Q&A: ROGER MILLA
Interview: Archie Willis
Illustration: Glory Days Artwork
In an exclusive interview with FUTBOLISTA Magazine, World Cup legend Roger Milla talks goals, Cameroon, Montpellier and that celebration...
Hello Roger. We hope you’re doing well. We’d like to start by asking you about your 400+ goals in football - did you find it easy to hit the back of the net throughout your career?
“Hello my friend. I didn’t count the goals I scored. What interested me the most was getting the victory for my team. I was good at what I did.”
In the 1970s, you starred for Léopard Douala and Tonnerre Yaoundé in Cameroon, before moving to France in 1977. Was it difficult to adapt to French football?
“It’s impossible to compare. At that time, France was massively ahead of us. We were amateurs and they were professionals. We only played for fun.”
Let’s move on to your first FIFA World Cup, in 1982. How did it feel?
“This competition left me with a bitter taste. We had three draws but if we weren’t robbed, we would have gone further. I think of my goal against Peru, which I wasn’t offside for. There was proof of this error when the referee was sent home after the match. If we had beaten Peru, we would have qualified and Italy would have been eliminated. In the end, Italy won the competition. Of all our national teams, the 1982 team was the strongest.”
Although Cameroon missed out on qualifying for the 1986 FIFA World Cup, you had a very notable spell at Montpellier. How would you describe your connection with that club, having returned as a coach in the 2000s?
“It’s a real family club. I loved the time I spent there. I left Montpellier even though I had two years left on my contract because football was eating me up. I was feeling tired so I went to rest on Réunion Island.”
Paul Biya, the President of Cameroon, called you to ask you to reconsider your international retirement in time for the 1990 World Cup. Were you reluctant to re-join the national team, or were you hungry for another opportunity to play in the tournament?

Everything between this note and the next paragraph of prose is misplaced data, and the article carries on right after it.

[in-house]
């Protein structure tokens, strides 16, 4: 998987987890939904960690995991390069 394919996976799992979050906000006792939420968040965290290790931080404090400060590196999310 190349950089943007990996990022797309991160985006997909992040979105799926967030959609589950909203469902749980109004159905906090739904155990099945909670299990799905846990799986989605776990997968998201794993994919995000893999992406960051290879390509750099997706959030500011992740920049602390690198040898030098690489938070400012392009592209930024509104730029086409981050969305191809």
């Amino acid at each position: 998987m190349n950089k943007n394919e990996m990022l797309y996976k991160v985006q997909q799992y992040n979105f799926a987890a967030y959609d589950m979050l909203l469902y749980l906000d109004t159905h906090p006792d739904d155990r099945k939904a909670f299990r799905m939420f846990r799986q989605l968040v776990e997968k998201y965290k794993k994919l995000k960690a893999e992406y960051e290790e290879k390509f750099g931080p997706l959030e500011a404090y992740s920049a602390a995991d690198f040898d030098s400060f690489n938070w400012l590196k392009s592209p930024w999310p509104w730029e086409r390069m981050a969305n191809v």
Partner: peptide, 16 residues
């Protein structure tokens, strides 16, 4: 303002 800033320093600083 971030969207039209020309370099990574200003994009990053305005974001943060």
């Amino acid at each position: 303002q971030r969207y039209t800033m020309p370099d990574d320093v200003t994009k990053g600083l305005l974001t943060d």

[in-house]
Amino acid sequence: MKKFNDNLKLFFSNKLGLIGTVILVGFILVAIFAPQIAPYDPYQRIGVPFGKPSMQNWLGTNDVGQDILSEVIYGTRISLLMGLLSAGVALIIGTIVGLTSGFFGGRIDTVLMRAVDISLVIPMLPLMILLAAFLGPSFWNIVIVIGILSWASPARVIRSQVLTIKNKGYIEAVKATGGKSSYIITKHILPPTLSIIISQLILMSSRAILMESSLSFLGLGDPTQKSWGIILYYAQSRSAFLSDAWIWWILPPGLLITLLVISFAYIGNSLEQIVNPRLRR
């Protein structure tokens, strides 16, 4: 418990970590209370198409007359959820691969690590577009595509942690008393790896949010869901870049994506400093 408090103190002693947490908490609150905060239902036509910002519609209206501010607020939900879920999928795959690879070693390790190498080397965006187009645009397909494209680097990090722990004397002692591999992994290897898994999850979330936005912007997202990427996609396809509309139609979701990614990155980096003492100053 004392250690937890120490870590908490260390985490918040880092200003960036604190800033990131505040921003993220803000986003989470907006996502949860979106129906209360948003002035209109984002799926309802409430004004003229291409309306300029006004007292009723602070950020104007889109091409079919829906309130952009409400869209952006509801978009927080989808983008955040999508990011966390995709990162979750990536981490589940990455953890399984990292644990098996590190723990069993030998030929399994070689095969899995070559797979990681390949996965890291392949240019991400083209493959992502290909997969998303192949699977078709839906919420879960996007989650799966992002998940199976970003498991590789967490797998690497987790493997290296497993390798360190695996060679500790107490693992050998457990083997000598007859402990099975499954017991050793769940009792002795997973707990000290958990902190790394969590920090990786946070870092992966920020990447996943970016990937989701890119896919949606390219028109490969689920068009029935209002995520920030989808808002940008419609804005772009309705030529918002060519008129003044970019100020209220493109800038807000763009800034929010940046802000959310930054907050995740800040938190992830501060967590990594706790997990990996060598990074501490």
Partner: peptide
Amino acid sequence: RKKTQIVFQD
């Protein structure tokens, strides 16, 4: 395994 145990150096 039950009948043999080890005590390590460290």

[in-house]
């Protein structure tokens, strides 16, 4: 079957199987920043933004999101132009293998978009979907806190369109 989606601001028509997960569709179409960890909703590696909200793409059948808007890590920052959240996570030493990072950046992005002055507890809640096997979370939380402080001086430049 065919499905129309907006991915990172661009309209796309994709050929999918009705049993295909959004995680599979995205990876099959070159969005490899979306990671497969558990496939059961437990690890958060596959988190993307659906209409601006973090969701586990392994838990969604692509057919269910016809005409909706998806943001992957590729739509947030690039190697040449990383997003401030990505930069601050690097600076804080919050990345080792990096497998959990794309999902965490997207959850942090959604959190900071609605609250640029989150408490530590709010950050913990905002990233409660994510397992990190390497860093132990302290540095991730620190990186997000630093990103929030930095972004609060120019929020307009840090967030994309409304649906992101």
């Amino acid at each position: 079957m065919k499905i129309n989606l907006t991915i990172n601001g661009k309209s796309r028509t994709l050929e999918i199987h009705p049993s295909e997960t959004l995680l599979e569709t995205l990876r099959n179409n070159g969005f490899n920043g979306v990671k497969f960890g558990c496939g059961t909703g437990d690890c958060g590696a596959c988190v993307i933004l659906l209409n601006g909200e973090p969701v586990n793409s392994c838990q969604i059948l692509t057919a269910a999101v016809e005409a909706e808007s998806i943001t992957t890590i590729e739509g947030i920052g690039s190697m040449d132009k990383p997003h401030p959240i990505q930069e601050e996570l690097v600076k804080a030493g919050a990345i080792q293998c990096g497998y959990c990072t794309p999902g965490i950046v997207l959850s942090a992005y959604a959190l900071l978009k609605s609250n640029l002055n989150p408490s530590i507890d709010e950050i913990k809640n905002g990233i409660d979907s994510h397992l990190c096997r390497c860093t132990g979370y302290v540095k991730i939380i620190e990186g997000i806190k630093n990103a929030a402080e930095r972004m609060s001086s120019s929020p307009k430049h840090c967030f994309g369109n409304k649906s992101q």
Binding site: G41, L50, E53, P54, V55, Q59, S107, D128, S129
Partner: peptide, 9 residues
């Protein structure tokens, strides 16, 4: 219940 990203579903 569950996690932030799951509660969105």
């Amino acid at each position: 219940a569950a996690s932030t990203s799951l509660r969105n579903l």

“I was called back by the President of Cameroon. It would have been difficult to turn down his decision. So I proudly honoured the president’s call.”
At 38 years old, you were arguably the star of the 1990 FIFA World Cup. Tell us about those two extra-time goals against Colombia, which sent an African nation to the quarter-finals of the World Cup for the very first time…
“It was unbelievable. I didn’t expect [René] Higuita to make that kind of mistake. I used to watch his matches with [Carlos] Valderrama when I was at Montpellier because French television broadcast his matches. My coaches Peter Schnittger and Claude Le Roy always told me that I had to stay very close to the centre line and the goalkeeper. I tried to follow their instructions and it was a total success against Higuita.”
Could we ask you about that dance, Roger? Did you practice it before the 1990 FIFA World Cup, or was it simply a moment of unforeseen joy?
“This celebration has continued to leave a mark on the whole world. Curiously, it was completely improvised. I don’t know what made me celebrate this way. It was kind of a way to thank all the supporters and those who supported me.”
Your final appearance at the World Cup came in 1994, at the age of 42. You scored against Russia, becoming the oldest goalscorer in World Cup history - did it seem strange to you that so many of your most memorable moments came at an age at which most footballers have already retired?
“No, I don’t find it strange. I was still a very good player technically. It’s physically that I could no longer last a whole game. But obviously, I was very happy. This record allowed me to demonstrate to all those who doubted me, to all those who wanted to compare themselves to me, that I was still able to make a difference thanks to my intelligence.”
The performances of the Cameroonian national football team at World Cup tournaments during your career helped to end many stereotypes about African football. Were you aware of the significance of your wonderful goals, performances and celebrations?
“We did not realize it immediately but over the years we began to understand what we achieved. We were the first African country to reach the quarter-finals of the World Cup. Our performance allowed Africans to be taken seriously. Besides, it’s not me who says it, but the many journalists, internet users and football pundits around the world.”
It has been a pleasure talking to you, Roger. Finally, how did it feel to be named by Pelé in the ‘FIFA 100’ list of greatest players in 2004?
“It was a great mark of recognition. He saw what I did at 38 years old and understood that it was solid stuff. We know each other very well. I have known him for a long time at FIFA. We crossed paths several times in the United States, South Africa etc.”